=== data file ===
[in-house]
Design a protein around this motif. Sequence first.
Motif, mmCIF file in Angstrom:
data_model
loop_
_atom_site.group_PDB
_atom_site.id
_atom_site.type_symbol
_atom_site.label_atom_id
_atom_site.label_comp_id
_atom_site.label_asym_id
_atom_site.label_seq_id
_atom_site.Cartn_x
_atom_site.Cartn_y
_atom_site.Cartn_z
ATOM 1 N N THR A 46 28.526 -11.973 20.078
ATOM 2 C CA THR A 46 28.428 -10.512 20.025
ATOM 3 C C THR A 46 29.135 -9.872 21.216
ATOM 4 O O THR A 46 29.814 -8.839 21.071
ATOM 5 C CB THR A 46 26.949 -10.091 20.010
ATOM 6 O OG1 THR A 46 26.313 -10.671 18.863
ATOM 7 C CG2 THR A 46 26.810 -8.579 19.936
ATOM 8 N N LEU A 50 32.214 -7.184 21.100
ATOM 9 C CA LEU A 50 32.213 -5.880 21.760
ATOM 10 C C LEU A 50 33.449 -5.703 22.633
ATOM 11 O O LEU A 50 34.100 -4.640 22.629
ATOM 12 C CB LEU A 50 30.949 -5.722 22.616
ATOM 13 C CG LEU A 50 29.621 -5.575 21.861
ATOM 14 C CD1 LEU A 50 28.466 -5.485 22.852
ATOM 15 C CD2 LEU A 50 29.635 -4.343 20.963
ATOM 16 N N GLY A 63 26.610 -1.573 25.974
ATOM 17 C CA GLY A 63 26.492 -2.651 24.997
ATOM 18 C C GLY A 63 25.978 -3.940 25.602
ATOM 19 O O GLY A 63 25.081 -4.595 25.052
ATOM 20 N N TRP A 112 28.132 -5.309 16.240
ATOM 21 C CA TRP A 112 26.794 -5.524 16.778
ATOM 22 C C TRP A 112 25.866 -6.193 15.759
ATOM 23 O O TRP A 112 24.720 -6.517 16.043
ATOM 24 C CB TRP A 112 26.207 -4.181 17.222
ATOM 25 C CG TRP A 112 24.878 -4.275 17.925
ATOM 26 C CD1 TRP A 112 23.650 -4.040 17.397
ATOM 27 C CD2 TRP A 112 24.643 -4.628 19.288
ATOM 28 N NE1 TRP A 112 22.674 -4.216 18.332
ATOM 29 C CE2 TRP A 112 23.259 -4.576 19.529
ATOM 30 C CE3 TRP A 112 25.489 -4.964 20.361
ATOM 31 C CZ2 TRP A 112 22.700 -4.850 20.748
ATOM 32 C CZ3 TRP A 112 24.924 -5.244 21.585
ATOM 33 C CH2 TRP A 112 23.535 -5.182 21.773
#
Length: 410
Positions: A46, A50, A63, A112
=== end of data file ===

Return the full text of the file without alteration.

[in-house]
Design a protein around this motif. Sequence first.
Motif, mmCIF file in Angstrom:
data_model
loop_
_atom_site.group_PDB
_atom_site.id
_atom_site.type_symbol
_atom_site.label_atom_id
_atom_site.label_comp_id
_atom_site.label_asym_id
_atom_site.label_seq_id
_atom_site.Cartn_x
_atom_site.Cartn_y
_atom_site.Cartn_z
ATOM 1 N N THR A 46 28.526 -11.973 20.078
ATOM 2 C CA THR A 46 28.428 -10.512 20.025
ATOM 3 C C THR A 46 29.135 -9.872 21.216
ATOM 4 O O THR A 46 29.814 -8.839 21.071
ATOM 5 C CB THR A 46 26.949 -10.091 20.010
ATOM 6 O OG1 THR A 46 26.313 -10.671 18.863
ATOM 7 C CG2 THR A 46 26.810 -8.579 19.936
ATOM 8 N N LEU A 50 32.214 -7.184 21.100
ATOM 9 C CA LEU A 50 32.213 -5.880 21.760
ATOM 10 C C LEU A 50 33.449 -5.703 22.633
ATOM 11 O O LEU A 50 34.100 -4.640 22.629
ATOM 12 C CB LEU A 50 30.949 -5.722 22.616
ATOM 13 C CG LEU A 50 29.621 -5.575 21.861
ATOM 14 C CD1 LEU A 50 28.466 -5.485 22.852
ATOM 15 C CD2 LEU A 50 29.635 -4.343 20.963
ATOM 16 N N GLY A 63 26.610 -1.573 25.974
ATOM 17 C CA GLY A 63 26.492 -2.651 24.997
ATOM 18 C C GLY A 63 25.978 -3.940 25.602
ATOM 19 O O GLY A 63 25.081 -4.595 25.052
ATOM 20 N N TRP A 112 28.132 -5.309 16.240
ATOM 21 C CA TRP A 112 26.794 -5.524 16.778
ATOM 22 C C TRP A 112 25.866 -6.193 15.759
ATOM 23 O O TRP A 112 24.720 -6.517 16.043
ATOM 24 C CB TRP A 112 26.207 -4.181 17.222
ATOM 25 C CG TRP A 112 24.878 -4.275 17.925
ATOM 26 C CD1 TRP A 112 23.650 -4.040 17.397
ATOM 27 C CD2 TRP A 112 24.643 -4.628 19.288
ATOM 28 N NE1 TRP A 112 22.674 -4.216 18.332
ATOM 29 C CE2 TRP A 112 23.259 -4.576 19.529
ATOM 30 C CE3 TRP A 112 25.489 -4.964 20.361
ATOM 31 C CZ2 TRP A 112 22.700 -4.850 20.748
ATOM 32 C CZ3 TRP A 112 24.924 -5.244 21.585
ATOM 33 C CH2 TRP A 112 23.535 -5.182 21.773
#
Length: 410
Positions: A46, A50, A63, A112